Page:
Bangladesh’s amazing economic growth

In the early years of Bangladesh’s independence, many self-styled pundits saw this country something like a stillborn baby, having little chance of survival and without any prospect of development. History has proved them wrong. The reason behind their erroneous estimation of our future is their failure to have a good grasp of the inner strength, courage and determination of the Bengalis.

That the people of this part of the globe remained illiterate, languished under perpetual poverty and lost their vigour and vitality due to malnutrition and fatal diseases like malaria, cholera and pox was not because of their own inability to prosper but due to colonial subjugation for centuries. They had joined Pakistan with the hope of emancipation but only to be frustrated again.

Despite the prolonged period of obscurity, the people lost their hope not even for a moment. They rose up in arms against Pakistan to take their destiny into their own hands. And what they have achieved during the fifty years of the country’s independence is before everybody’s eyes. Bangladesh has already raised itself to the position of developing countries and aspires to reach the developed country status within next two decades. People’s per capita income has quadrupled and poverty rate came down to 20 per cent during the past period.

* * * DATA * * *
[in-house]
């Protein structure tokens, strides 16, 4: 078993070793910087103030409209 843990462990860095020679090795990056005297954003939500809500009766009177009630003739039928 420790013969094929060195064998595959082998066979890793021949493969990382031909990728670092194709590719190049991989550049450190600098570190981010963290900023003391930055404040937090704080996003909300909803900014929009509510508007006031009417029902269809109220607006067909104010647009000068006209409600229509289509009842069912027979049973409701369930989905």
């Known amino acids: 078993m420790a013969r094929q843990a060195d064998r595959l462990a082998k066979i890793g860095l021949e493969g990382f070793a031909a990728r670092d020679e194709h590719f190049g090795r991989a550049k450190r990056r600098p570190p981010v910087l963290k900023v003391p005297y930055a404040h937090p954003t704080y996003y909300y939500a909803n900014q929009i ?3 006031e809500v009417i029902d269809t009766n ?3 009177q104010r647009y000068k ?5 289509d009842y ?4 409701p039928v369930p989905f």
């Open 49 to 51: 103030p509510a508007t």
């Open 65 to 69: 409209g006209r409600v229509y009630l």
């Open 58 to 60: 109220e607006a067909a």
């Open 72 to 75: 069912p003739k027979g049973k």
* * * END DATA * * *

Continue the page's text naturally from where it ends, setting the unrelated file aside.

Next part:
Agricultural production has more than doubled despite drastic decrease of arable land. Bangladesh is the second in the world in exporting readymade garments. The country’s infrastructural development is ready to take its economy forward at a faster pace. And in all possible economic indicators, Bangladesh has much earlier surpassed Pakistan, the country that ruthlessly plundered our resources to build their own fortune, instead of giving us the legitimate share of the wealth.

However, there is hardly any scope of complacency; what Bangladesh has achieved so far is just the initial successes in building a happy and prosperous country. We need to preserve the gains and use them as the foundation for further growth. Corruption in the state administration is a formidable obstacle to our goals of a developed country status. The much needed political stability is still an uncertainty.